The lead up to the New Year has been an outbreak of resolutions, intentions and gratitude juxtaposed against the bushfires devastating Australia. The dichotomy between the two has been jarring and I have been left in a liminal space of contemplation of the connection between the two.
We all grieve as we watch the bushfires decimate homes, towns and land. Some have linked it to climate change but very few to a personal response to climate change. Denial of the need to change our carbon emissions comes from the very top, from our Prime Minister Scott Morrison. Morrison has argued that at just 1.3% of global emissions that Australia couldn’t have done anything to change the outcome of bushfires this season. He doesn’t say that it’s not only the current drought and bushfire season that we should be thinking of but the future of Australia and the world when making decisions around our contribution to global emissions.
Morrison also ignores that Australia’s population is 0.3% of the global total, making Australia per capita a serious offender of emissions. This denial isn’t just Scott Morrison’s. It is ingrained in Australian community as our emissions only continued to rise in 2019 with no end in sight. But if the change we need isn’t coming from our Government then the only way to lower our emissions is to individually change the way we live and embrace climate change lifestyles.
It’s easy to say that, to call for everyone to change the way they live, to eat less meat and dairy, to drive less and take fewer flights, and to choose to pay for renewable energy. It’s harder to actually do it.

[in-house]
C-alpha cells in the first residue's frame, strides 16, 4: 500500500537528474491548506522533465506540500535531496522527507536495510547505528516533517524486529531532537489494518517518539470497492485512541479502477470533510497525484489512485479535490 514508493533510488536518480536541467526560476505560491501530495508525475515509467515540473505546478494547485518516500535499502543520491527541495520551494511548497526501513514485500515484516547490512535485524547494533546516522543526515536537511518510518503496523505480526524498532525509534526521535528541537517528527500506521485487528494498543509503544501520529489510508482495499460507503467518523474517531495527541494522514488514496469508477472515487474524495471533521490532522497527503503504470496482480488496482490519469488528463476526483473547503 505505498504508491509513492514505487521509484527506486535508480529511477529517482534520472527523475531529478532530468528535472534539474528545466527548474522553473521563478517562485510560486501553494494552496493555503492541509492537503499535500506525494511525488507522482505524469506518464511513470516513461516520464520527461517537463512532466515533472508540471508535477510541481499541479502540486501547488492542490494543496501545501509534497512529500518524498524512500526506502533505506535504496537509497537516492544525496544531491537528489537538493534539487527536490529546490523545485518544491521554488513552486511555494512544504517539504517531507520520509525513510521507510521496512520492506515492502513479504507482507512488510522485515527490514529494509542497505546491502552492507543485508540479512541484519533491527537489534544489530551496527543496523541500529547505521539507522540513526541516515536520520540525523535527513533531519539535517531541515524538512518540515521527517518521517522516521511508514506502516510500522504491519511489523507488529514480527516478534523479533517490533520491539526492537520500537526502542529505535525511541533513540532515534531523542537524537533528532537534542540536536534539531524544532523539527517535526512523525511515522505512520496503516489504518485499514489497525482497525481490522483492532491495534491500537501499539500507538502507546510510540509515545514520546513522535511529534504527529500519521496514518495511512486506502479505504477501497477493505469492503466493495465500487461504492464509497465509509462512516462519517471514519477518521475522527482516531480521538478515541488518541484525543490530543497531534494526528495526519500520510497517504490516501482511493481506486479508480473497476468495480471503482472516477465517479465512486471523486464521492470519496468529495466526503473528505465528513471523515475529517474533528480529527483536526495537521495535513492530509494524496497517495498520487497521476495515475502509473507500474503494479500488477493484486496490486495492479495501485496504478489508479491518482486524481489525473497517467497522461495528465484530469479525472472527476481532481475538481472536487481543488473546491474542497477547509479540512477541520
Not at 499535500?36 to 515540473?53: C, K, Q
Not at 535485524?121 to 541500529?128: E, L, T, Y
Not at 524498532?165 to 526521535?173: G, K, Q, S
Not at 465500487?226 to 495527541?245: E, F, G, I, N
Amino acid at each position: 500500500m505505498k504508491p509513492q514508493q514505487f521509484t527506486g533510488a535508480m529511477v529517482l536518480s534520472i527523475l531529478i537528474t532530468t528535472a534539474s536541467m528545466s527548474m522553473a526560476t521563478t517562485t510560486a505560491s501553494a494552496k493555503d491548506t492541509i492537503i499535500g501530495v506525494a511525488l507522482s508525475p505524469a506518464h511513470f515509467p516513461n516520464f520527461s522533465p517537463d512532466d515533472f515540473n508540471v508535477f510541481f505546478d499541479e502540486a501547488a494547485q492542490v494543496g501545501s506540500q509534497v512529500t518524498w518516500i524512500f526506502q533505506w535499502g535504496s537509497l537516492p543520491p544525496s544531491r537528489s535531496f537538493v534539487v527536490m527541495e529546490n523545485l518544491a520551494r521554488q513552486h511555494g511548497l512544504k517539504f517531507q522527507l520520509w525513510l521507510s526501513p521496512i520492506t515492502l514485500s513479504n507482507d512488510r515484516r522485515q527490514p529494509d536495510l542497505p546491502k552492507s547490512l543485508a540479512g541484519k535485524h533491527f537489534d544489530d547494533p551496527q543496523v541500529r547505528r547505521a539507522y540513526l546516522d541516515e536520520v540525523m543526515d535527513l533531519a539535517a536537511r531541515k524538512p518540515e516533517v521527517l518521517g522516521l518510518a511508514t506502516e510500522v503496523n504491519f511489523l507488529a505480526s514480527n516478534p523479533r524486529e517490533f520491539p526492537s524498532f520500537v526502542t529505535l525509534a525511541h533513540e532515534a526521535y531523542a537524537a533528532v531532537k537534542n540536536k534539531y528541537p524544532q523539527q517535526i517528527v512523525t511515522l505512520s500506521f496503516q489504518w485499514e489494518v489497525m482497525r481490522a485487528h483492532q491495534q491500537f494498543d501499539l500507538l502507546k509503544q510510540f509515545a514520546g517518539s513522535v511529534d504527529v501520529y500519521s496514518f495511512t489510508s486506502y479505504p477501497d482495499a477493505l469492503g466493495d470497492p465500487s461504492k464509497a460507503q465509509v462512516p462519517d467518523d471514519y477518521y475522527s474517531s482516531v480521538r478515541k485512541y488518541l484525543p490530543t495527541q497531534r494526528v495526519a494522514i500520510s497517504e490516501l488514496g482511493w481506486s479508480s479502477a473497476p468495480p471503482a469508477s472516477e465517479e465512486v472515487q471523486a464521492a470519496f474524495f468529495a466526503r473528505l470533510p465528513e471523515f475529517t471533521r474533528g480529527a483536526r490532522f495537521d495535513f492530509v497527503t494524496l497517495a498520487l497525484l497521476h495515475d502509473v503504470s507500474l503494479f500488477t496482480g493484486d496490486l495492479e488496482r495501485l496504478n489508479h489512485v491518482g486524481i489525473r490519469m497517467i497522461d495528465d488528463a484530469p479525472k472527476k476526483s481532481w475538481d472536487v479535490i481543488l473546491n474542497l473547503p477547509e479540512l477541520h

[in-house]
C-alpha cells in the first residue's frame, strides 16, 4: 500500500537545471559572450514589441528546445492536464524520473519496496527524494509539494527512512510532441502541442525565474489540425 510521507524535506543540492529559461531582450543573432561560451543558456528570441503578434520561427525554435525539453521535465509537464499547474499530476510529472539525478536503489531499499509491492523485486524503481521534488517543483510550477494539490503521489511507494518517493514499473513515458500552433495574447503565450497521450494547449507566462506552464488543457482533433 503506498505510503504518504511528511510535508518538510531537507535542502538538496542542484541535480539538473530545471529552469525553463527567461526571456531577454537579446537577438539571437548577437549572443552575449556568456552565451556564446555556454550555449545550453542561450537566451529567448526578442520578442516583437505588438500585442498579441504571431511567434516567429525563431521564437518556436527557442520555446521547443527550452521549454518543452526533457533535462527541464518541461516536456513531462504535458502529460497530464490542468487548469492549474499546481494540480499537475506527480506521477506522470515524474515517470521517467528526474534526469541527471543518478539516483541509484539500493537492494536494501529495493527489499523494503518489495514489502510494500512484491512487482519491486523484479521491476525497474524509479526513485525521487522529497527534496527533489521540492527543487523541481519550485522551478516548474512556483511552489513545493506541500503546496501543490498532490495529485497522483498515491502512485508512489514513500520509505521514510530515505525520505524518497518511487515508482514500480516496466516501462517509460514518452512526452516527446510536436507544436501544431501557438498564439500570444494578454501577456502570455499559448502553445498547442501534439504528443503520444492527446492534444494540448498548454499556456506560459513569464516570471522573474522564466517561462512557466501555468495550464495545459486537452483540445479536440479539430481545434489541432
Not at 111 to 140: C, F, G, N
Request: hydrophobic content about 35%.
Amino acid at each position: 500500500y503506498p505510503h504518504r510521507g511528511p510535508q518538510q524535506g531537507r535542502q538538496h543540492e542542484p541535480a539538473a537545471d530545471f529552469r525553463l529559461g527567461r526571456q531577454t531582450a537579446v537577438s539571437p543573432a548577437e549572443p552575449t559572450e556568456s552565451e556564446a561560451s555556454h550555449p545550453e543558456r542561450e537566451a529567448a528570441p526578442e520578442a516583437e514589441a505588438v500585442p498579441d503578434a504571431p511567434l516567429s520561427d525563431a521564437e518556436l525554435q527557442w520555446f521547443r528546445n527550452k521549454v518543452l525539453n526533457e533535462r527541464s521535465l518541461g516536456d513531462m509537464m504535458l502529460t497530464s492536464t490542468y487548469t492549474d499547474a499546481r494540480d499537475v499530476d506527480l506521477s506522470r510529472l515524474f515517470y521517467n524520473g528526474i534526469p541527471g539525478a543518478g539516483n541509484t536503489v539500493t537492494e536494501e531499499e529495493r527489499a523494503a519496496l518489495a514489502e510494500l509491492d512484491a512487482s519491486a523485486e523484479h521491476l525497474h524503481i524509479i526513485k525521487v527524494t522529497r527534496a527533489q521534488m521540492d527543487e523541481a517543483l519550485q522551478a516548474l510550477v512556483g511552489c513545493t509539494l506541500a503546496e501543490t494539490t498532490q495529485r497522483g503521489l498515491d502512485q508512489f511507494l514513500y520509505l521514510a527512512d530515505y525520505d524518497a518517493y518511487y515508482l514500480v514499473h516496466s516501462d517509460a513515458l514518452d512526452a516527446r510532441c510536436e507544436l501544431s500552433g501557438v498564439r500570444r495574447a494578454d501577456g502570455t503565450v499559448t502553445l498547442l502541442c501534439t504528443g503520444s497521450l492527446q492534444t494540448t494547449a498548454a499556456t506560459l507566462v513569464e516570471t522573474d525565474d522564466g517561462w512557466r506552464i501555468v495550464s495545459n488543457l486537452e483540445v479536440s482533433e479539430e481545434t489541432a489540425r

I used to live a low impact climate change lifestyle. It all started around 2014 when I began a Climate change PhD as my form of activism, I joined 350.org and became a vegan and led a nearly zero plastic waste lifestyle to embed my ethics in the way I lived life. And I was a passionate, zealous advocate for a few years until Fibromyalgia. Pain, fatigue and despair that my choices didn’t matter and weren’t having an impact slowly changed everything. I gave up my PhD. I gave up my vegan values. I gave up my climate change novel. And that’s the place I currently sit in. Someone who knows better but makes the quicker, easier choice that doesn’t include climate change in the equation of decision-making.
Starting a new year gives us the opportunity to reflect on our choices, values, goals and future. In Australia, we have also been shown climate change in action. After contemplating what’s occurring in the external world around me and my internal world, I commit in this new decade and beyond to lowering my own climate change contribution via eating less dairy, using more public transport and returning to a nearly plastic-free lifestyle. As Barack Obama beautifully stated “Change will not come if we wait for some other person or some other time. We are the ones we’ve been waiting for. We are the change that we seek.” In this new decade, let us be the change that our Earth needs.
“Change will not come if we wait for some other person or some other time. We are the ones we’ve been waiting for. We are the change that we seek.”